New Delhi, India – More than 2,500 forest dwellers fearing eviction from their lands held a demonstration in the Indian capital on Thursday, days before the Supreme Court begins a final hearing of their case.
The forest dwellers said they were protesting against any possible dilution of the Forest Rights Act by the ruling BJP government Akash Bisht/Al Jazeera
“We have come to New Delhi to ensure that our voice is heard by the Supreme Court, so that it doesn’t end up doing a historical injustice,” Baham Saste, a 48-year-old farmer from Badwani district in the central state of Madhya Pradesh, told Al Jazeera on Thursday.
Some protesters, barely a stone’s throw away from India’s parliament, carried bows-and-arrows and raised slogans against the government: “We have fought and we have won. We will fight and we will win.”
In February this year, India’s Supreme Court ordered the eviction of more than a million forest dwellers after their land claims were rejected, and directed 21 states to file affidavits with details on how they had processed those claims.
The forest dwellers, a majority of whom belong to the indigenous tribal communities, claimed their ownership of the forest lands under the landmark Forest Rights Act (FRA).
Passed in 2006 by the previous government, the law recognised the right of nearly 150 million people to inhabit and live off about 40 million hectares of India’s forest land.
Nearly 104 million of those people are tribals, constituting close to 10 percent of India’s 1.3 billion people.
Dilution of forest rights?
The forest dwellers said they were protesting against any possible dilution of the FRA by the ruling Bharatiya Janata Party (BJP) government, which has been accused of turning a blind eye to the issue.
This government is trying to divert lands to big corporations that have set their eyes on the rich mineral resources of these forests…
Ashok Choudhary of the All India Union of Forest Working People
Saste, who travelled for more than 24 hours to reach New Delhi, said the forest department in his district, had been threatening them with dire consequences if they didn’t give up claim on their traditional lands.
“The electricity in our village has been disconnected so that we leave our land. Where will we go? This is our forefathers’ land and its rights should be given to us. We need our rights be protected,” he said.
“The government is not with us otherwise the Supreme Court would not have passed such an order.”
Following the Supreme Court order, rights groups had questioned the government’s commitment to the forest dwellers after the federal lawyers failed to appear before the court to appeal the decision.
The order was in response to petitions against the FRA, filed by some environmental groups and retired forest officials who said the law led to a fragmentation of forests, threatened biodiversity and caused deforestation.
The judgment said the tribals and other forest dwellers, whose claims of individual or community forest rights, were rejected by the states’ forest department had to be displaced from their traditional habitats.
In response, at least 16 Indian states rejected 1.3 million claims by the forest dwellers, leading to massive protests across the country and forcing the court to put a stay to its order.
The court then directed the states to specify whether due process was followed in rejecting the claims. It specified that the forest department could not initiate any eviction process if the move could trigger social tensions in the area.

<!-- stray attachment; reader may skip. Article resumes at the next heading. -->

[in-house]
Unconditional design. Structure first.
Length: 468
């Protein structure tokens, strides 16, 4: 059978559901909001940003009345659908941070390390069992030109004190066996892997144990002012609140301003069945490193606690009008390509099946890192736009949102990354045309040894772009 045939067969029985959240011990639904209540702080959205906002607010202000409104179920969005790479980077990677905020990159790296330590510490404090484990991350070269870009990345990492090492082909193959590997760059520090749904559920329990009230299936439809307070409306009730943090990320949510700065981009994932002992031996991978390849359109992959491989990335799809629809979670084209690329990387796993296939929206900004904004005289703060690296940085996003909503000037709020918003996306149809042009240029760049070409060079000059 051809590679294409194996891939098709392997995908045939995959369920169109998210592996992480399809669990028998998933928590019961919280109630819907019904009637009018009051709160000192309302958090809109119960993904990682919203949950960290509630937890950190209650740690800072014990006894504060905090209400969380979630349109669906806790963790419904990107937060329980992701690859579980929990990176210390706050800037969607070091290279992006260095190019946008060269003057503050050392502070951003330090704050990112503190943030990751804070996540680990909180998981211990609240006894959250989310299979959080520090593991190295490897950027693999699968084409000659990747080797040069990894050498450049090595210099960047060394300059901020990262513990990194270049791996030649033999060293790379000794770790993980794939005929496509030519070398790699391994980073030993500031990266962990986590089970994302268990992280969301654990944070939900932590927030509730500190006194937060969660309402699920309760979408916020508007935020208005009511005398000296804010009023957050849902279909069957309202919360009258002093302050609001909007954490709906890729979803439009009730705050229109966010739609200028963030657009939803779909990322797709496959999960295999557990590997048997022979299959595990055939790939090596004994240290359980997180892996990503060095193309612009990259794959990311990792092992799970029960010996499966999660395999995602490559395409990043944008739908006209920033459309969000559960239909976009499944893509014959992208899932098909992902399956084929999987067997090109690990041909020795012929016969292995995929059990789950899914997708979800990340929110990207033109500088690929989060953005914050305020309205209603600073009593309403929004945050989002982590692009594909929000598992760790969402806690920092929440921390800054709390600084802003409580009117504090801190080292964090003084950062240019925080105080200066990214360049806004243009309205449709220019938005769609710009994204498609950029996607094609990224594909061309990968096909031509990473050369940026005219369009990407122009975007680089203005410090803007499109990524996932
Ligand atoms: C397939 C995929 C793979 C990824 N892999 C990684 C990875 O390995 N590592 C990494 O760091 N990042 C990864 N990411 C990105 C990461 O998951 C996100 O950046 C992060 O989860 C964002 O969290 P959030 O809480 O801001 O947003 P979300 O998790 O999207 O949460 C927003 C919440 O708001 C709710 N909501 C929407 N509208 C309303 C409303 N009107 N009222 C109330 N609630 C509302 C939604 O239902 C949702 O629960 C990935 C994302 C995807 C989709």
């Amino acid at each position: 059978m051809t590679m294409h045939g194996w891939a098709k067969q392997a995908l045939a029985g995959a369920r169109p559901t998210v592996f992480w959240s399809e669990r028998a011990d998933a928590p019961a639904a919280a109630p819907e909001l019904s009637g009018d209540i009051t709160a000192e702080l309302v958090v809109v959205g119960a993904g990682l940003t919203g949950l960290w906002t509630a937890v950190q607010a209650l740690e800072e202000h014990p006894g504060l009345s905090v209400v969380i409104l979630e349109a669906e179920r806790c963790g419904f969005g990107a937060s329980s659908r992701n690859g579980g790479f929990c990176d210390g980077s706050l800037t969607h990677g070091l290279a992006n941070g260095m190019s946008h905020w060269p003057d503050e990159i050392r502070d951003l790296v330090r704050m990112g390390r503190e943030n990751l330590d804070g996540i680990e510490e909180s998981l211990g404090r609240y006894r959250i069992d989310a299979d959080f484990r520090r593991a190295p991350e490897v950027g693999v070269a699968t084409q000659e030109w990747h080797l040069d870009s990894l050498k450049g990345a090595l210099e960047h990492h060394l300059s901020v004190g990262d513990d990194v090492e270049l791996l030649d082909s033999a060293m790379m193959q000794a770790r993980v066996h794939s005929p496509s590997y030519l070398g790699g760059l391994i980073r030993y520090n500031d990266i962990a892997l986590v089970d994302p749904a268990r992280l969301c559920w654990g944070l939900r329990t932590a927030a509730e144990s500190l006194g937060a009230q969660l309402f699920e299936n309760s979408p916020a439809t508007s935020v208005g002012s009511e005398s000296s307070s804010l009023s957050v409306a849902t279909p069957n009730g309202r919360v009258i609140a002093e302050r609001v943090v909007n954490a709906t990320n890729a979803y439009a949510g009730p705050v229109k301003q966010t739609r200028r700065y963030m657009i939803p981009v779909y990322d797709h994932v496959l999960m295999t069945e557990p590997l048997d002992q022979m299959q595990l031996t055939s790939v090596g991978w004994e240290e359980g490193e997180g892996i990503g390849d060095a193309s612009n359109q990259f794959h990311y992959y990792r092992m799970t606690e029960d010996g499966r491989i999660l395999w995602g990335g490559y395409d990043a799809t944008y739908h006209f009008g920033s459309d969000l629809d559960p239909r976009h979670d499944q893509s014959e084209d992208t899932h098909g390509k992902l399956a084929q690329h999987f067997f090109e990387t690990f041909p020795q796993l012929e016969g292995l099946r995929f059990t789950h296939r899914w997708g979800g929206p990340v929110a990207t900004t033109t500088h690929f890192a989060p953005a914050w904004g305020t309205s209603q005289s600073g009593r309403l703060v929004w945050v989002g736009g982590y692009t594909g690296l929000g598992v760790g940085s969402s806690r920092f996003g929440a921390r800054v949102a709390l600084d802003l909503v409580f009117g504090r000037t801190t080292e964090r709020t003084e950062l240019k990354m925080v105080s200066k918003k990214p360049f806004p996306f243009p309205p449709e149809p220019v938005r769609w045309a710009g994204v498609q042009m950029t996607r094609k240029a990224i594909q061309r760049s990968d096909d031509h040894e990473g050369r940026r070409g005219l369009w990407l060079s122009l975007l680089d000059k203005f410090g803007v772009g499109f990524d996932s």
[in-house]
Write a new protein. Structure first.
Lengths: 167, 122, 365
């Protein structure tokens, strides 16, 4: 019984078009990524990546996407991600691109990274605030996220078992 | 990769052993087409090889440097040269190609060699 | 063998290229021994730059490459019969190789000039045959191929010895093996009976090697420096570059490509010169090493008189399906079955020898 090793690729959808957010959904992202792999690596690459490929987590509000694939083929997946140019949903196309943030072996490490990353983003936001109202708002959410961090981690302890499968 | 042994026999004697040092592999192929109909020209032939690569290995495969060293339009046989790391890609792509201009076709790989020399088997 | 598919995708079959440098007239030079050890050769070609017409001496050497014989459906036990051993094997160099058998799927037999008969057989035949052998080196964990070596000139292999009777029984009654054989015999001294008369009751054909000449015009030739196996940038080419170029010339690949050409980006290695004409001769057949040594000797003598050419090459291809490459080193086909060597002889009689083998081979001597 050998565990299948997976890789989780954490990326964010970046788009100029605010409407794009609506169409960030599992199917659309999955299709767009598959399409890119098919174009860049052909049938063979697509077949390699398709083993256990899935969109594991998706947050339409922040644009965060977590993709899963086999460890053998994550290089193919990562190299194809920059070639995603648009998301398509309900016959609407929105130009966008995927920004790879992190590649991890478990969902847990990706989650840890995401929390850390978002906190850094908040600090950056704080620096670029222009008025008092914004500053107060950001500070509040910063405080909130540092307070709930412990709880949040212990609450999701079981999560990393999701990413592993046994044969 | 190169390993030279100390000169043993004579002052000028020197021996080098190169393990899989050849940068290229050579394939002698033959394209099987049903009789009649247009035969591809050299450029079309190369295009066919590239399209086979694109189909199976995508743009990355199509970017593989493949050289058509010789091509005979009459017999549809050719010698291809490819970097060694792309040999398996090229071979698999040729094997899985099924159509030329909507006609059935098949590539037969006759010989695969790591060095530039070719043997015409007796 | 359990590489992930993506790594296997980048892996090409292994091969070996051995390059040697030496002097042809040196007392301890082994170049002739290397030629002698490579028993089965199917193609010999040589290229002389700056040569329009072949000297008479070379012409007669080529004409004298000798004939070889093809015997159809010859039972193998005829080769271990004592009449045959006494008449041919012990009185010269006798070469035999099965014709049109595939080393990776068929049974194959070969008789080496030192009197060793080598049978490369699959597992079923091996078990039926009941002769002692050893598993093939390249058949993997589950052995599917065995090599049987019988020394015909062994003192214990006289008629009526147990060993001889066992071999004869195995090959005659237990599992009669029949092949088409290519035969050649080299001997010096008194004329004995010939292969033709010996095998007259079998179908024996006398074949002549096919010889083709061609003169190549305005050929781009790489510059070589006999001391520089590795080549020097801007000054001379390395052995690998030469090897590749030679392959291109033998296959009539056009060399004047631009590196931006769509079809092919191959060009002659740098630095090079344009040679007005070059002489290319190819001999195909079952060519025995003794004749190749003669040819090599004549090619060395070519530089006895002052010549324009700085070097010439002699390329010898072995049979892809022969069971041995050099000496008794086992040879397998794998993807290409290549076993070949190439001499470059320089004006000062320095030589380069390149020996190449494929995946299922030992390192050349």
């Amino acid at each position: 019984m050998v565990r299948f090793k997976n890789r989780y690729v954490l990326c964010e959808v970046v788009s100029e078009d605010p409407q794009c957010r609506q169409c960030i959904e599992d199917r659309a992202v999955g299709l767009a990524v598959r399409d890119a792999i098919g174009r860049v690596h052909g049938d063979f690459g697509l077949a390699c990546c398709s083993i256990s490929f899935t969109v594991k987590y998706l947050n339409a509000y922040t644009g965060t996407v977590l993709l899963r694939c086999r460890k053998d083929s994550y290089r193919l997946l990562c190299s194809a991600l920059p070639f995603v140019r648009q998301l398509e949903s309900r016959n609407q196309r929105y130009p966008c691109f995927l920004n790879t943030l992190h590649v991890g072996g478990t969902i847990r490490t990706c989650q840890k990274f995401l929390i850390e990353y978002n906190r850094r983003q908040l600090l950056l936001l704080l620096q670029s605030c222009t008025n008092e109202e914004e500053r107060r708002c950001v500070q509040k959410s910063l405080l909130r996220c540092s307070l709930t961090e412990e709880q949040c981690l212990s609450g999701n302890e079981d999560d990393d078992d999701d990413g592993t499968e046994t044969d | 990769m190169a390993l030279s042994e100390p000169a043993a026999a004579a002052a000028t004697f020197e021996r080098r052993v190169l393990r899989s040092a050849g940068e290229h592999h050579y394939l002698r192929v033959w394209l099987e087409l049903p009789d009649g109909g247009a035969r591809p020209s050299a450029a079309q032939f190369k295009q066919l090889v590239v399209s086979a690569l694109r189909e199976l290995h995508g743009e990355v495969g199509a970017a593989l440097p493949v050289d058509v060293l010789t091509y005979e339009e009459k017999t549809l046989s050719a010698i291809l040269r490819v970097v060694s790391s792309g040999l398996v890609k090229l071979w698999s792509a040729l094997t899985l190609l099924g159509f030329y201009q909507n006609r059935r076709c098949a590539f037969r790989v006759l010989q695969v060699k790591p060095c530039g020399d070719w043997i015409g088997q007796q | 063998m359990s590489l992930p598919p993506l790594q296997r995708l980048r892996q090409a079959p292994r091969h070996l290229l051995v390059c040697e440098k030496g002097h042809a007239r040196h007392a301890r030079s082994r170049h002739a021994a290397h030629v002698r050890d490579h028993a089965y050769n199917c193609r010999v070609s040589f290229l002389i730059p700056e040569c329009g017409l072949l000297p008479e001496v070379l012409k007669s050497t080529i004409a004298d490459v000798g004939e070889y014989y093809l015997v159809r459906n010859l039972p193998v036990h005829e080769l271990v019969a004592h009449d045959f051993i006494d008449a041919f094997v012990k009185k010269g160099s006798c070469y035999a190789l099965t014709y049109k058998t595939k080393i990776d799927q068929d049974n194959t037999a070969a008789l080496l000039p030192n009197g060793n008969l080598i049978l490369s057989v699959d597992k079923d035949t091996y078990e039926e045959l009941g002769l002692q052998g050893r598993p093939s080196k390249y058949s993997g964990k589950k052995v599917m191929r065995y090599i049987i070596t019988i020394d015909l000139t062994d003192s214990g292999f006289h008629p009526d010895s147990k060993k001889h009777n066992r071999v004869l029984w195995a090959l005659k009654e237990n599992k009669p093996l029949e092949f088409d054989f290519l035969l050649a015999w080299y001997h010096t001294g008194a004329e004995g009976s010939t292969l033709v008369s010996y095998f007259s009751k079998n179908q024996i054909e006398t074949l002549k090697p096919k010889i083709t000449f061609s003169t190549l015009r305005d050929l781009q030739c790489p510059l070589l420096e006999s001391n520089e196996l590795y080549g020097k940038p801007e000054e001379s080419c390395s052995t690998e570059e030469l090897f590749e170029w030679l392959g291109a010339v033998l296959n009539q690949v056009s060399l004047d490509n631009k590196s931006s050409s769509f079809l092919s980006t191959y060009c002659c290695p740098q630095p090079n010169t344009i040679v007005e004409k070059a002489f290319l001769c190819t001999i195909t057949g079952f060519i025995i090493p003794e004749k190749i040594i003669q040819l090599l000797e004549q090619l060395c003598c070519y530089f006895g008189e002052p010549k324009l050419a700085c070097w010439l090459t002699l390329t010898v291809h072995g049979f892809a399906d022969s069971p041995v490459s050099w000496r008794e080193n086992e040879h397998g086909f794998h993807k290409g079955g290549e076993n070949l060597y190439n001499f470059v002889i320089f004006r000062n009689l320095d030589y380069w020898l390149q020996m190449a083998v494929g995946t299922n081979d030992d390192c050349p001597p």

However, activists representing the forest dwelling communities claim that there have been instances where homes and farm lands of these people were destroyed in a bid to evict them from the forests.
Sahdev Tudu, 38, from Dhenkenal district in the eastern state of Odisha, said forest officials do not allow the villagers to enter the forest area.
The BJP government is doing everything to protect rights of all its people including those of forest dwelling communities
Sudhanshu Mittal, BJP leader
“The government of India seems to have given its consent to allow 1.3 million tribals to be evicted. This is our land and if need arises, we will organise and agitate,” he told Al Jazeera.
“This protest is just a warning to the government and the Supreme Court that our eviction will lead to mass agitations across the country,” he warned.
Ashok Choudhary of the All India Union of Forest Working People said the FRA acknowledged the centuries-old injustices committed towards the tribals and other communities dependent on forests.
He said the forest dwellers had gathered to protest why the FRA provisions were not being implemented despite it being passed 13 years ago.
“Ever since the Narendra Modi government came to power, efforts are being made to dilute this historic legislation passed by the parliament instead of protecting it,” he said.
“This government is trying to divert lands to big corporations that have set their eyes on the rich mineral resources of these forests… The government is finding ways to evict these people to do that,” he added.
Meanwhile, reports said at least seven of the 21 states had told India’s tribal affairs ministry that due process was not followed in rejecting the claims of the forest dwellers.
The admission by the states validates the allegations made by the protesters and could have an impact on the final verdict of the court.
Sudhanshu Mittal of the BJP denied that the Modi government was diluting forest rights, saying the activists were making “wild allegations” against the government.
“To suspect the government motives undermines the democratic values of India. The BJP government is doing everything to protect rights of all its people including those of forest dwelling communities,” he told Al Jazeera.
Source Al Jazeera